Wish I'd Done That

Paul Stirling: 'I remember thinking, "That's the pinnacle of the game and Stokes has achieved it"'

The Ireland batter on a modern classic innings he wishes he'd played

As told to Matt Roller  |  

Stokes hits the last of his 11 fours in the innings, bringing up the win

Stokes hits the last of his 11 fours in the innings, bringing up the win © AFP/Getty Images

Ben Stokes: 135 not out vs Australia, Headingley, 2019

I don't usually get goosebumps watching cricket, or even playing it, but during the Ben Stokes knock to level the series in the 2019 Ashes, I definitely did.

Maybe I had a little bit more of an interest in that series because we had played England earlier in the summer, so I was following the Ashes quite closely.

I used to love watching the Aussies when I was really young. I always remember staying up at Christmas - which was one of the only times I was allowed to stay up to watch - for one session, or even two or three into the middle of the night. It felt like more often than not, Ricky Ponting was on 150 not out by the end of it.

I was at a barbecue at my friend's place in London that afternoon. We had a few days off with Middlesex at the time, and at the start we weren't really watching it - we had all assumed the match was over. We were stood outside with a burger and a beer or two, and it was on in the living room. Early on in his innings, we heard a couple of cheers from the crowd for boundaries and thought: "This can't still be on?"

It takes a lot to get the goosebumps going for me, but the ball just kept going for six - some were just creeping over, but others were going miles into the stands. There was one reverse-sweep where it was all over if he'd missed it - just like any of them, I suppose - but he couldn't stop hitting it out the middle of the bat. Then there was the moment when Nathan Lyon missed that take to run Jack Leach out; that's the stuff that only Ashes cricket can bring up.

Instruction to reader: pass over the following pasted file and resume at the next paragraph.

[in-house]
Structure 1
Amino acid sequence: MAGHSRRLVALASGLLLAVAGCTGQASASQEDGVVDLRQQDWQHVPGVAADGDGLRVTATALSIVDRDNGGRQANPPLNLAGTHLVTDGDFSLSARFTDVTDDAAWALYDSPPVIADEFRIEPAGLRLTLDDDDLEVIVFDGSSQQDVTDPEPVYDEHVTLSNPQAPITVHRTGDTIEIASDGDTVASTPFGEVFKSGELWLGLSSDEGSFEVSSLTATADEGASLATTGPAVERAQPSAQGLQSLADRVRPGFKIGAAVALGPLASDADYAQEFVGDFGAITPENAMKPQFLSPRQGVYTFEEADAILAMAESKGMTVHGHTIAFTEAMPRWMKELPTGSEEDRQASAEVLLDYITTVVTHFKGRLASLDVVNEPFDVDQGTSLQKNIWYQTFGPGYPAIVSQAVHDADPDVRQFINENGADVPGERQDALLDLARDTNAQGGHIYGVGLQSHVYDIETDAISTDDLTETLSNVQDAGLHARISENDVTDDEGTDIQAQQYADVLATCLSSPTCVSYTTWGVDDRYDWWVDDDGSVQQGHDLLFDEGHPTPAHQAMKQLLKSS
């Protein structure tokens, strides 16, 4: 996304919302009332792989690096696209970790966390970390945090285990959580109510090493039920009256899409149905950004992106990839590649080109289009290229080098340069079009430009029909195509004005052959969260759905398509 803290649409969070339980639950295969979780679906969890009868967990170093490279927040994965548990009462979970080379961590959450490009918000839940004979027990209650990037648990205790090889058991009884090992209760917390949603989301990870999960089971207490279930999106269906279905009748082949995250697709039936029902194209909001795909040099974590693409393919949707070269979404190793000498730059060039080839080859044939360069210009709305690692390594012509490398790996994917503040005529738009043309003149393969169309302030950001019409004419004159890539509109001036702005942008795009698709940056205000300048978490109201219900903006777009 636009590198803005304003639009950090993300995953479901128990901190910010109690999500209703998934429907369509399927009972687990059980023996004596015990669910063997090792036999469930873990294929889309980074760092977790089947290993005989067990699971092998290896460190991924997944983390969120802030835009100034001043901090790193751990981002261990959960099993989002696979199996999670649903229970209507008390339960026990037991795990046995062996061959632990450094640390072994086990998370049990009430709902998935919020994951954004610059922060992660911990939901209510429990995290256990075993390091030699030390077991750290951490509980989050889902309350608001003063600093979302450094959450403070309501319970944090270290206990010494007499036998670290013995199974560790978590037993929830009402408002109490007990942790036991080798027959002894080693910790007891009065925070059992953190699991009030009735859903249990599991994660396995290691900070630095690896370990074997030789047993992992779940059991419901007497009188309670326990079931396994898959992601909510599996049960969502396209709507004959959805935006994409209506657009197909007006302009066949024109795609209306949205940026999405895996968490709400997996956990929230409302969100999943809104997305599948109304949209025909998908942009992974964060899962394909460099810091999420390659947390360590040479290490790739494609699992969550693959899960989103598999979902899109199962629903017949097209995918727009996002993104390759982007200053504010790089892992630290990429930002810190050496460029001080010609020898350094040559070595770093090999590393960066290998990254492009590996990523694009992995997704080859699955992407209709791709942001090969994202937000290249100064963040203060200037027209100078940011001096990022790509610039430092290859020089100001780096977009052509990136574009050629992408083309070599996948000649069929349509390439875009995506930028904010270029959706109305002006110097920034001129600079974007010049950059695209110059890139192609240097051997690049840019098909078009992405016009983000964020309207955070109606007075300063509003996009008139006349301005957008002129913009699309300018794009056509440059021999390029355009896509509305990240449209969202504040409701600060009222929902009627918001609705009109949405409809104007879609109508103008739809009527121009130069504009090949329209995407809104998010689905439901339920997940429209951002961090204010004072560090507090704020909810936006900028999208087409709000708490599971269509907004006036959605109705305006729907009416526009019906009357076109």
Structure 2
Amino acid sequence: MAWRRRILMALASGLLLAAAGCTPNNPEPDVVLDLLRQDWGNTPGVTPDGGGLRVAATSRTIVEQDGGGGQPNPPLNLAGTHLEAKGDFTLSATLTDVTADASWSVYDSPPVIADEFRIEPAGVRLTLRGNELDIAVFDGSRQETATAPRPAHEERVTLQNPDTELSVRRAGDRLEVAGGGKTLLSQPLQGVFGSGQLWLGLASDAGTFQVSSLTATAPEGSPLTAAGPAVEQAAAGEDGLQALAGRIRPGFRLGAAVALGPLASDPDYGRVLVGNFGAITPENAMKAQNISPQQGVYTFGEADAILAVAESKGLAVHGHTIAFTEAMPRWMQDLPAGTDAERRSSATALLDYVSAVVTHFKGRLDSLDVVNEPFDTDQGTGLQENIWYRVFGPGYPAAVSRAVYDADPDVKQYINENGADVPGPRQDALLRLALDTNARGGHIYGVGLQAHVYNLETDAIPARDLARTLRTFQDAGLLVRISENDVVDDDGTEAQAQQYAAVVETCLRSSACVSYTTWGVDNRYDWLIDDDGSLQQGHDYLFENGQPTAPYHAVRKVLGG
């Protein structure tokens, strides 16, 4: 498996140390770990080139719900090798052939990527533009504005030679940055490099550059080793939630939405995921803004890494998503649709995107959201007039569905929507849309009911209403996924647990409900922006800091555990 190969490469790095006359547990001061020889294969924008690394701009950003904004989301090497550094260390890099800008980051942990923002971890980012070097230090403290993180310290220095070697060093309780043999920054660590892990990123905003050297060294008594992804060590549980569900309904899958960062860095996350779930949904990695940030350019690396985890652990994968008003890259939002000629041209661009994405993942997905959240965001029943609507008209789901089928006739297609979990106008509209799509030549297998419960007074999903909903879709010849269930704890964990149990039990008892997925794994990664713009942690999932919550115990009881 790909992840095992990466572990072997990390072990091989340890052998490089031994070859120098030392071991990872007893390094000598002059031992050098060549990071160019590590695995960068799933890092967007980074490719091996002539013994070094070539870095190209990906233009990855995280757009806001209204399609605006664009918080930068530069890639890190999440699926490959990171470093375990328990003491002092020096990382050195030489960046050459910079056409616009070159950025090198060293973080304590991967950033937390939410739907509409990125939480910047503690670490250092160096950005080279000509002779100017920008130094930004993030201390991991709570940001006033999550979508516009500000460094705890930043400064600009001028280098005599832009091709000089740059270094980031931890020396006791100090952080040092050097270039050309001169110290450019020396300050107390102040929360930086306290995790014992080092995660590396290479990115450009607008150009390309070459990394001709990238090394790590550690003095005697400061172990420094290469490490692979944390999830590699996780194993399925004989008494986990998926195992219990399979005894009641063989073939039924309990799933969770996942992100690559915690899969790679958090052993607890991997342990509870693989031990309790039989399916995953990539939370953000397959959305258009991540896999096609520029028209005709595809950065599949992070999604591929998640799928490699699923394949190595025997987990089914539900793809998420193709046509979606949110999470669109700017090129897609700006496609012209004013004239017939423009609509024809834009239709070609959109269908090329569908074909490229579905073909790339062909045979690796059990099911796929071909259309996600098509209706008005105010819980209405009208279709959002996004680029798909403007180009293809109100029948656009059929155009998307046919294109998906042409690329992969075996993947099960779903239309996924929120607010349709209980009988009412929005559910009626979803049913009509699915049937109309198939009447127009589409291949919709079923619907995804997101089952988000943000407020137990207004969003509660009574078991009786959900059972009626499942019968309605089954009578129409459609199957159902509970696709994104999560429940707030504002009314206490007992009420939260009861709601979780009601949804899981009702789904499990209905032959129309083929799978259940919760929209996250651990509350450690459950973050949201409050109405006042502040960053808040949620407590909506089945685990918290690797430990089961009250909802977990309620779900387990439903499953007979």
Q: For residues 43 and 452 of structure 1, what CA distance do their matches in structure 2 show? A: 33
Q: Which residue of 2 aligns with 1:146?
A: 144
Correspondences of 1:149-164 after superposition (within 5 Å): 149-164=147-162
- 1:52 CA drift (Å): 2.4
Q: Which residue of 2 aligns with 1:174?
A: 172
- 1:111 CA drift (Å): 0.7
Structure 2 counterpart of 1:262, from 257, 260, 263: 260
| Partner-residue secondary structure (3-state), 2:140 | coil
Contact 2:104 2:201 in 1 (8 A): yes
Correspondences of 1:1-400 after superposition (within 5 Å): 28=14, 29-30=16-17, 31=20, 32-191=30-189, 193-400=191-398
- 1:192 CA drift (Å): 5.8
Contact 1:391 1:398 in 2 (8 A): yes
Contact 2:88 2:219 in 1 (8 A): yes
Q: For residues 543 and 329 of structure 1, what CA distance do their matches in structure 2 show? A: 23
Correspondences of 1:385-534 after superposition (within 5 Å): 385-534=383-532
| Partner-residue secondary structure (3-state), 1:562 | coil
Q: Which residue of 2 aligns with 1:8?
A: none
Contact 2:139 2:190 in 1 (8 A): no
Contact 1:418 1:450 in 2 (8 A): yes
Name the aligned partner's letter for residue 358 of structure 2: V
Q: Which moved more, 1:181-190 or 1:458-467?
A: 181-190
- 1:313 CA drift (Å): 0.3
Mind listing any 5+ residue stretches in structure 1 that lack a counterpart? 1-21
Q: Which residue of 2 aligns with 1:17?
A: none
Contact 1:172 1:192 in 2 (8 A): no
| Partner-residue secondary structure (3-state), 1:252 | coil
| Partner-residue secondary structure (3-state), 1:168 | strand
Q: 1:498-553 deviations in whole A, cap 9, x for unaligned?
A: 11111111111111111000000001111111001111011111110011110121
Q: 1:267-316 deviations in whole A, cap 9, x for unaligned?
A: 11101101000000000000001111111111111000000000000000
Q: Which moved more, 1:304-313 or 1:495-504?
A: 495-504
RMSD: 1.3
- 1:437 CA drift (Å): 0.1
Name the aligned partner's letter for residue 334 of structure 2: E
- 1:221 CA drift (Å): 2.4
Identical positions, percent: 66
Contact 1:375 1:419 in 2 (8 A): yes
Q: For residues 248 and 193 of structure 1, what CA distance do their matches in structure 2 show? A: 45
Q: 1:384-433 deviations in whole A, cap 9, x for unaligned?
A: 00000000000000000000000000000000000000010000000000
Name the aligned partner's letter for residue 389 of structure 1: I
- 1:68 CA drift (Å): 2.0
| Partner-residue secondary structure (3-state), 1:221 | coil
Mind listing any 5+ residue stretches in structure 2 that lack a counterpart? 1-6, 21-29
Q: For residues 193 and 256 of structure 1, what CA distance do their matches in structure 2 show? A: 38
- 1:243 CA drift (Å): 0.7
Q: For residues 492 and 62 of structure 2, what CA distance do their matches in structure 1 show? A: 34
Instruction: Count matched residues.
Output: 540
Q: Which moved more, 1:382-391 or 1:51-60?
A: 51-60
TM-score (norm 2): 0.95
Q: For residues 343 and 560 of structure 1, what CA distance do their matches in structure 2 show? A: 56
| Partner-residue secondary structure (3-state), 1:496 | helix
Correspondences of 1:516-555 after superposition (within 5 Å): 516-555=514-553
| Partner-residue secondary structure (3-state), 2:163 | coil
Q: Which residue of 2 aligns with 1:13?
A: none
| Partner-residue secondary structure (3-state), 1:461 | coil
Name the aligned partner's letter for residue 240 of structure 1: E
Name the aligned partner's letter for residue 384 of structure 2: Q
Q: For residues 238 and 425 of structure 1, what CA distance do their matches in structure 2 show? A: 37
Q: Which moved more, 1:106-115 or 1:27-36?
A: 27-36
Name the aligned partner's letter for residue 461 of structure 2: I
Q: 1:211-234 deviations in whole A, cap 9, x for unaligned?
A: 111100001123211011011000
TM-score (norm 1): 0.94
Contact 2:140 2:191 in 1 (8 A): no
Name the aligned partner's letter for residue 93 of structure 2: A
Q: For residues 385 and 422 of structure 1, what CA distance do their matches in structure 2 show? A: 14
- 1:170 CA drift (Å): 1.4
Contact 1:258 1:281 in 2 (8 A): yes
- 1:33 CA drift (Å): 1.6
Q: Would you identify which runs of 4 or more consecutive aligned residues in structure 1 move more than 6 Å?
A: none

I'm 100% a believer in "the zone". You get into this place where you lose track of time. The hard bit is switching it on and off in the period when the ball is dead, and then making sure you're in it between the bowler running in and you playing your shot. But when you're there, you're just in a different world.

Stokes was in the zone during that innings, absolutely no doubt about it. Looking at his eyes, you could see how pumped up he was. It didn't look like anything was going to come out of anywhere other than the middle. It was extraordinary.

I couldn't stop watching that slow-motion clip of him hitting the cut shot to win with the crowd going bananas behind him. I remember thinking: "Right, that's got to be the pinnacle of the game and he's just achieved it." I definitely wish I'd done that. I've probably played that innings a few times in my own head.

Matt Roller is an assistant editor at ESPNcricinfo. He tweets at @mroller98